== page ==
By John Wilkes from Eyesonobama.com:
After a tireless misinformation campaign to convince Americans that end of life counseling by doctors was tantamount to "death panels" for the elderly and infirmed, largely thanks to efforts of Sarah Palin and Senator Charles Grassley, Republicans have succeeded in removing what should never have been a controversial provision from health care reform legislation.
If you've never been in this position, I hope you never will be: when a loved one is terminally ill, and there exists a decision of prolonging life in the short term at the expense of potentially tremendous pain and suffering, it's one of the most difficult personal dilemmas a person can ever face. At those times, it's incredibly valuable to have a physician who can thoroughly explain the likely benefits and detriments of continued treatment.
Somehow, from that, Republican extracted the now-heavily reported "Obama death panels," in which they explained that under the public option, the dreaded "bureaucrats" would decide whether or not the sick or elderly were worthy of the cost of continued treatment.
A provision of that nature is nowhere in the health care bill. It never was. But that hasn't kept Republicans from claiming that it was.
Sarah Palin fired the first salvo on her Facebook page (let's face it, that's just about the only soapbox she has left): "The America I know and love is not one in which my parents or my baby with Down Syndrome will have to stand in front of Obama's 'death panel' so his bureaucrats can decide, based on a subjective judgment of their 'level of productivity in society,' whether they are worthy of health care." How Palin's child with Down Syndrome factored into that analysis, no one is quite sure. But Palin's characterization of the bill was misleading if not outright false.
In fact, fellow Alaska Republican Lisa Murkowski rebuked Palin for her comments, albeit without mentioning her by name. "Critics of health care reform," she said, "the summer's hottest political topic, aren't helping the debate by throwing out highly charged assertions not based in fact."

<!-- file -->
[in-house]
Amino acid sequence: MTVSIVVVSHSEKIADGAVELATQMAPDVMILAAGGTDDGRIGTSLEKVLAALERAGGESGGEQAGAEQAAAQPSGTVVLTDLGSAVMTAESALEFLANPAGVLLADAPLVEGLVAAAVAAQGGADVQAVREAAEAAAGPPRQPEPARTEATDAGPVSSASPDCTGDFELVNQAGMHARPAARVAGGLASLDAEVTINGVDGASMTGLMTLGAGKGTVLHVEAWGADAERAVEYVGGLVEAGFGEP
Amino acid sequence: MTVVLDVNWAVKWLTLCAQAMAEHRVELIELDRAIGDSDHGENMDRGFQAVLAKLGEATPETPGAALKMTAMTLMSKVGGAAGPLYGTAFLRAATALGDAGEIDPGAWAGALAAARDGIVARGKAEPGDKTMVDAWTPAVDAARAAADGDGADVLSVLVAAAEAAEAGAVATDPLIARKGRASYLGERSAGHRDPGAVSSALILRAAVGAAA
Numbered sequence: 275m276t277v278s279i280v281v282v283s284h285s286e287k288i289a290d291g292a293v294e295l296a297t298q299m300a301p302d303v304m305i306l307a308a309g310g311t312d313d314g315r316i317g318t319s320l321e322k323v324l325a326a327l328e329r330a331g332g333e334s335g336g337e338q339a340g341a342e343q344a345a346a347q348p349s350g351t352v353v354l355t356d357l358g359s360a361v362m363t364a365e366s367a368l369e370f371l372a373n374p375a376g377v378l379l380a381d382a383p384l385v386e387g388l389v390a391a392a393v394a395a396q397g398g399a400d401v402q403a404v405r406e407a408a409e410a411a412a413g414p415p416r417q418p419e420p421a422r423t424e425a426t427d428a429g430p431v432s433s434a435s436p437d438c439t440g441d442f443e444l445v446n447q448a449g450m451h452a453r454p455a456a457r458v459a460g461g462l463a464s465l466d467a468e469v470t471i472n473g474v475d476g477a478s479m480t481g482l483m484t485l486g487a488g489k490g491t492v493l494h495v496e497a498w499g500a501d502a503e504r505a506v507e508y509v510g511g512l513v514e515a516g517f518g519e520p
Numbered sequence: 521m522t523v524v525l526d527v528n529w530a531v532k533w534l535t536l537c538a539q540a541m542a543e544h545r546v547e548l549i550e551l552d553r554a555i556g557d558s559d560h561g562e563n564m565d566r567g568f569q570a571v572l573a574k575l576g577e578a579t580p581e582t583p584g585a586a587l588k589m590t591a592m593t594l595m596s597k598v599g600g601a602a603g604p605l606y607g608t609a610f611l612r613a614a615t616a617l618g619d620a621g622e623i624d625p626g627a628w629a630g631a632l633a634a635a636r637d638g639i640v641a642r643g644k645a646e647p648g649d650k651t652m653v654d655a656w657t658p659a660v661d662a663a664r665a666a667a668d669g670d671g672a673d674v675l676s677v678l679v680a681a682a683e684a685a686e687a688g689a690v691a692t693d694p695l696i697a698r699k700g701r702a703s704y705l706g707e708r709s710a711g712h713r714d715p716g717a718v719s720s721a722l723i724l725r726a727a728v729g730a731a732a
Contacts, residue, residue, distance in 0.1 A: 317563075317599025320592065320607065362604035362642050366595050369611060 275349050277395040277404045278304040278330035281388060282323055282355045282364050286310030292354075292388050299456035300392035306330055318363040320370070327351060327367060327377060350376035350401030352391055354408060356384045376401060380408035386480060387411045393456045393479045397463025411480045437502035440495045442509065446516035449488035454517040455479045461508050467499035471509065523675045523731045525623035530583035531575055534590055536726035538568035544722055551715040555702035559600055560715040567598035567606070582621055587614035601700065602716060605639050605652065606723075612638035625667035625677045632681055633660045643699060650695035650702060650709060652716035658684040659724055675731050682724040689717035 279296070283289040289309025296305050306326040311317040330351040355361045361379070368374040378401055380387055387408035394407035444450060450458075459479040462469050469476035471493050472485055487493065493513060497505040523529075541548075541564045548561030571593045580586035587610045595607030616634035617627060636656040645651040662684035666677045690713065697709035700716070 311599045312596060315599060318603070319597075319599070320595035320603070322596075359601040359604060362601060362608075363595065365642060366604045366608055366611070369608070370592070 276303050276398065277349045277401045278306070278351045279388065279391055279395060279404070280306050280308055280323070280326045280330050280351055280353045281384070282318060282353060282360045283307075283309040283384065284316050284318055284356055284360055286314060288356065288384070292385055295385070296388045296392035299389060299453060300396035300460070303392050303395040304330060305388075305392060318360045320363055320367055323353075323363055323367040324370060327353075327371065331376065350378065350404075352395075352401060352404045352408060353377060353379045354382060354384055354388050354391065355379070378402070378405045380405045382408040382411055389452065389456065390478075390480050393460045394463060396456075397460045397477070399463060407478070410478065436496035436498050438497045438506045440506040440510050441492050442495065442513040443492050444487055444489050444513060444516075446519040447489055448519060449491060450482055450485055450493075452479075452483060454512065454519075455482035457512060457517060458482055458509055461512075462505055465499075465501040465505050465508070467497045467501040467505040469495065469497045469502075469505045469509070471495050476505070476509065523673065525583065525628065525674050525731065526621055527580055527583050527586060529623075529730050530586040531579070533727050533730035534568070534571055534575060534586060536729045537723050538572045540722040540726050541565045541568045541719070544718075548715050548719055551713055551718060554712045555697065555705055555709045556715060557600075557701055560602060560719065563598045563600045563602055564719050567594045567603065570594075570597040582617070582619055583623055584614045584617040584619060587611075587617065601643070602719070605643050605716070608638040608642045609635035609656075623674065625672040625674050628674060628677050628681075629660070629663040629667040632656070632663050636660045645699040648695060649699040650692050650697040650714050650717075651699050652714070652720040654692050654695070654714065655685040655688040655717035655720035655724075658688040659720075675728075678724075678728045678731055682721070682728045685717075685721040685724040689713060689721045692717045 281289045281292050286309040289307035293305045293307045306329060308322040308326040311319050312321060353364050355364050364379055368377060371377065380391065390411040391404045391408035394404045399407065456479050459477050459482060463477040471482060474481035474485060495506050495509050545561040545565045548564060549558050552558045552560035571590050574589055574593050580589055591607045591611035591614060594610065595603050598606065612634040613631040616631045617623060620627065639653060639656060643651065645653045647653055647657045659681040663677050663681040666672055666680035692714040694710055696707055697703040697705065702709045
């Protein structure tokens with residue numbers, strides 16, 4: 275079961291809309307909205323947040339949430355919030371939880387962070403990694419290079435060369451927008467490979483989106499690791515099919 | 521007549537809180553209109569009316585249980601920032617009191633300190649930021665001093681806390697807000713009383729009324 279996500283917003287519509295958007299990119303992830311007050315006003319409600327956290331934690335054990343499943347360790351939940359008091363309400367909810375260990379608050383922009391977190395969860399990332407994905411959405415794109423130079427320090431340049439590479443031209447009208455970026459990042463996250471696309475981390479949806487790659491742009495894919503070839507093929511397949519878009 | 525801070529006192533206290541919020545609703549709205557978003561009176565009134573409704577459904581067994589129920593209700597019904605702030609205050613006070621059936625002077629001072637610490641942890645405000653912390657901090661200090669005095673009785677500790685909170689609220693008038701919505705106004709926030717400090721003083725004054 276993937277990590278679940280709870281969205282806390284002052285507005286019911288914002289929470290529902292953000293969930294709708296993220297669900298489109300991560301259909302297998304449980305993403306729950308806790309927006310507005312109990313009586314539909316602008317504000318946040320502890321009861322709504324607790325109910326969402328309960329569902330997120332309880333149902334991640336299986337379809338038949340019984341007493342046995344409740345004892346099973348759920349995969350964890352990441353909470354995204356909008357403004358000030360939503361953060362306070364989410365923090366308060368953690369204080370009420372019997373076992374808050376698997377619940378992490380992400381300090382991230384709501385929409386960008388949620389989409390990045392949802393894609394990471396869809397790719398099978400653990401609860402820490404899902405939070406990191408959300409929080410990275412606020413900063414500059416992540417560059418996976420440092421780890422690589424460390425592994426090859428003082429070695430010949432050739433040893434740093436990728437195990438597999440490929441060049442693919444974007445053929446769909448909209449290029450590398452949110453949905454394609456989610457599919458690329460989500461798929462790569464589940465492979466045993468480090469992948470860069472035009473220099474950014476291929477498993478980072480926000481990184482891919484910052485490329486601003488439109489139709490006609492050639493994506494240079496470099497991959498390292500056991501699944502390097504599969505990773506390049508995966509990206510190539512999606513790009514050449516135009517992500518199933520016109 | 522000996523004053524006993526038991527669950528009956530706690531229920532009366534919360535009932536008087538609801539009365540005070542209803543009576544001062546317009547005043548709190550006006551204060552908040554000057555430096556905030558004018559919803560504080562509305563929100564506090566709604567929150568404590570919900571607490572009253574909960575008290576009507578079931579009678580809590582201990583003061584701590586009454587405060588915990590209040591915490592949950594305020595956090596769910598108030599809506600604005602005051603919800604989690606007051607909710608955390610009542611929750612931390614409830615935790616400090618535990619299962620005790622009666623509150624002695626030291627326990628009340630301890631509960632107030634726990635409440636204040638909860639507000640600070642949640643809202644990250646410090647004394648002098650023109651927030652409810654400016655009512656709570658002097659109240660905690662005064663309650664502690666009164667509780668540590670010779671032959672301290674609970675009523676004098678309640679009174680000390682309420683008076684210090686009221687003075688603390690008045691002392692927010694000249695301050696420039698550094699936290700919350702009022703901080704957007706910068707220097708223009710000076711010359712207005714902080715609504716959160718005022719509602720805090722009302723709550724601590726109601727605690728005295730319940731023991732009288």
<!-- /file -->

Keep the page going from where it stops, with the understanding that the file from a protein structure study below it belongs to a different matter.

Former House Speaker Newt Gingrich- who hasn't been in office in more than a decade- sensed an opportunity to make the Sunday morning talk show rounds. Now, without slamming Palin, let me say this: Gingrich is a smart man. He's a seasoned politician and a finely-tuned legislator. He knows what's in the bill and what's not. Still, on This Week With George Stephanopoulos, he responded to questions about death panels by calling them "community standards," and said they were "very dangerous." When told that nothing in the bill covered community standards or "death panels," Gingrich only stuttered incoherently, and reiterated that they were dangerous...even though they aren't in the bill.
But perhaps the best example of hypocrisy comes from Republican Senator Charles Grassley of Iowa, the man who led the fight against the provision in the Senate. Initially, his rhetoric largely reflected that of Palin: "We should not have a government panel that determines you're going to pull the plug on Grandma."
But today, as the end-of-life counseling provision (which, again, would provide voluntary physician counseling for terminally ill patients and their families) was dropped from consideration in the Senate bill, Grassley was singing a different tune. In a statement released by his office, Grassley claimed that the reason the provision was dropped was because it might be misinterpreted. This, after he and his colleagues have spent weeks purposely mis-characterizing it.
The truth is that end-of-life counseling is an incredibly valuable service. And while it's loss isn't a great blow to the legislation itself, it's certainly a victory for dishonesty in politics.